As I mentioned earlier, every idea you have for your product will be filtered through your developer, so it is imperative that you can communicate well with them.
Communication is much more than simply conveying an idea.
A good developer won’t just listen to what you’re saying – they will also listen to what you’re trying to say and incorporate this into your planning. You won’t need to speak geek because they’ll interpret your non-geek requirements accordingly. For example, they may recognize that two of your requirements are competing with each other, or that two could be rolled into one to save money.
Ideally your developer will also have an appreciation of the non-technical parts of your business, such as sales, and advise on how your product can be built to complement these. Remember that they’ve been building software for a long time and have seen a lot of successes and failures so their experience is a valuable resource. Make sure you listen when they speak up – good communication is a two-way street.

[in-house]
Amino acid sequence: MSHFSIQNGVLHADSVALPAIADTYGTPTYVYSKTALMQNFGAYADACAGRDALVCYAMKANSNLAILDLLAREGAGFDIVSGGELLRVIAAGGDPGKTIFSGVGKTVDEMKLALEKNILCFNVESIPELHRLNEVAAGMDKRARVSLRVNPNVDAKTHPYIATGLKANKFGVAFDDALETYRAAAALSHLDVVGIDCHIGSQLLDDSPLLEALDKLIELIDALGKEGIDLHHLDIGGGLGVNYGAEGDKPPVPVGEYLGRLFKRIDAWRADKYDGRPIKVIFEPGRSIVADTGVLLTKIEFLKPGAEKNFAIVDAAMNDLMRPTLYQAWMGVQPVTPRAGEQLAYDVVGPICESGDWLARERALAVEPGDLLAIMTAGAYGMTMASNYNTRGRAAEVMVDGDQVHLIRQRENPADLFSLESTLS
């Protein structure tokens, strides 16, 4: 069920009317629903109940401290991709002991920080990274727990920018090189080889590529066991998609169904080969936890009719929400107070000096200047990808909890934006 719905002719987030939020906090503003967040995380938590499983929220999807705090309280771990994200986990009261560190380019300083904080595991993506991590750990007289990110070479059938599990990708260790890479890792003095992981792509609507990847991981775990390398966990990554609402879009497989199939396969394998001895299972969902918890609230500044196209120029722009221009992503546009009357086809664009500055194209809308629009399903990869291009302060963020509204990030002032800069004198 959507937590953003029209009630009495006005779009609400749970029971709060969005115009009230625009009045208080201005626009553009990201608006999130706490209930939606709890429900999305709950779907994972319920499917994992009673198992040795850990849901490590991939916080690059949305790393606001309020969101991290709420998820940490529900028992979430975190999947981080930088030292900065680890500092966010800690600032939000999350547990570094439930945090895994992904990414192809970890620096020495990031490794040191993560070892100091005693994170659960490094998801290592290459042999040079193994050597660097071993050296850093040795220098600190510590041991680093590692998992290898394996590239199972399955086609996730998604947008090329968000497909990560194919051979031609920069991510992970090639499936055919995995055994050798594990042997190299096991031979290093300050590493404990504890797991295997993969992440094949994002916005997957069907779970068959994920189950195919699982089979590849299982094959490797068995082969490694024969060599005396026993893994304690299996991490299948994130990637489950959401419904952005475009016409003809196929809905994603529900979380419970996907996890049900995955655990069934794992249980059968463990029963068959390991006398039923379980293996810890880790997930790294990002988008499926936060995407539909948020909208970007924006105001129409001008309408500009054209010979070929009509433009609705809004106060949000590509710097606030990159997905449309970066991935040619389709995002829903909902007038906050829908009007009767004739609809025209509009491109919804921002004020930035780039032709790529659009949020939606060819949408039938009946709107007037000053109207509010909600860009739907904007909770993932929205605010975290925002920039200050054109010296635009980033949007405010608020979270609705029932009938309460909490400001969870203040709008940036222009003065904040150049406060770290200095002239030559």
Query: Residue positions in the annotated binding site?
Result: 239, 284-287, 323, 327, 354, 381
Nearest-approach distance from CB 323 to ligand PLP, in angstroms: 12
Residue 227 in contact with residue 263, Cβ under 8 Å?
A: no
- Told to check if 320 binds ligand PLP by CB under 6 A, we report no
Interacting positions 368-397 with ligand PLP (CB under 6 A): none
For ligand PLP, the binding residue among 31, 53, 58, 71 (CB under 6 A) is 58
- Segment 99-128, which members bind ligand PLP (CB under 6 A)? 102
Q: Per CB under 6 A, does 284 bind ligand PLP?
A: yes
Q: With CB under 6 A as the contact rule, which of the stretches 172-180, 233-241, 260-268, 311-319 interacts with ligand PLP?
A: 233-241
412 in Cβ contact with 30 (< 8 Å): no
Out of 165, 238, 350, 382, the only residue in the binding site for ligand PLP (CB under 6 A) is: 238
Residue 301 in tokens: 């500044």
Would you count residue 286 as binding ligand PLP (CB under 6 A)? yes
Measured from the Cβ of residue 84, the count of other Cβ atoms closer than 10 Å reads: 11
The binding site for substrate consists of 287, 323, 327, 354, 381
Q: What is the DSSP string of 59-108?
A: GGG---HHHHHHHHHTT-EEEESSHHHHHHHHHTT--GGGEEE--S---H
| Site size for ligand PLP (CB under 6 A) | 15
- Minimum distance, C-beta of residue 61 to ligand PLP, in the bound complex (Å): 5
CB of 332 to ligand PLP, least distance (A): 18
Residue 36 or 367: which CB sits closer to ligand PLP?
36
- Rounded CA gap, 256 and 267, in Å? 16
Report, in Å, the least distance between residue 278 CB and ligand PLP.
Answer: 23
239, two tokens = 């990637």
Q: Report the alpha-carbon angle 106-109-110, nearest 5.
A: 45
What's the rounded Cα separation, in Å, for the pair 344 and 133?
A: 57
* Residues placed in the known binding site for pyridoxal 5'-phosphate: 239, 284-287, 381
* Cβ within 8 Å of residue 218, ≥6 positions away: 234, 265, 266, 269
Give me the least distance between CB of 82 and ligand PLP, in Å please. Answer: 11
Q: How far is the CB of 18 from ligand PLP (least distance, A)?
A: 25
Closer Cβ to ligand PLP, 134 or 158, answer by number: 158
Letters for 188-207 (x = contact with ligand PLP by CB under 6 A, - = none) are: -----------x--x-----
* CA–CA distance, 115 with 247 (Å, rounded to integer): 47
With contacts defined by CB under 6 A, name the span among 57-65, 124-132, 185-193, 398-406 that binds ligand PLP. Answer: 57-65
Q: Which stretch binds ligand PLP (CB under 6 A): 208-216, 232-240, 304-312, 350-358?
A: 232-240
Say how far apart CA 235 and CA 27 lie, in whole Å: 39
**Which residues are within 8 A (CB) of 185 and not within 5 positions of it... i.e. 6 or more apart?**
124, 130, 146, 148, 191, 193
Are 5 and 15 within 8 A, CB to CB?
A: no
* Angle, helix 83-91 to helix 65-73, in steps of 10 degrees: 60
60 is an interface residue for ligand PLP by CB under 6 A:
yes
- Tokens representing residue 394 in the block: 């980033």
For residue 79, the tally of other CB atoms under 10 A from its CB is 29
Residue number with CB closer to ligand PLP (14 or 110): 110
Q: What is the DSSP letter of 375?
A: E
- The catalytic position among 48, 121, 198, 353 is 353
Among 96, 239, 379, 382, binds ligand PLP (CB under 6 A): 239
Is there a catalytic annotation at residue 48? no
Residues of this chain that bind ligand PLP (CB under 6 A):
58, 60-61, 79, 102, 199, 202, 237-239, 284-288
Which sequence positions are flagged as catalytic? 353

Finally, it helps if you have a personal rapport with the developer. It’s really important that you remain partners in the project and don’t devolve into adversaries. Clear and open communication is key to this.
The best way I know to establish a developer’s communication level is to… communicate with them! Organize a face-to-face meeting and make sure you have a chat about non-technical things too.
Exchange rate differences between countries can save you a great deal of money when purchasing products or services, and this includes software development. For this reason, many western companies outsource their software development to places in Asia such as China or India.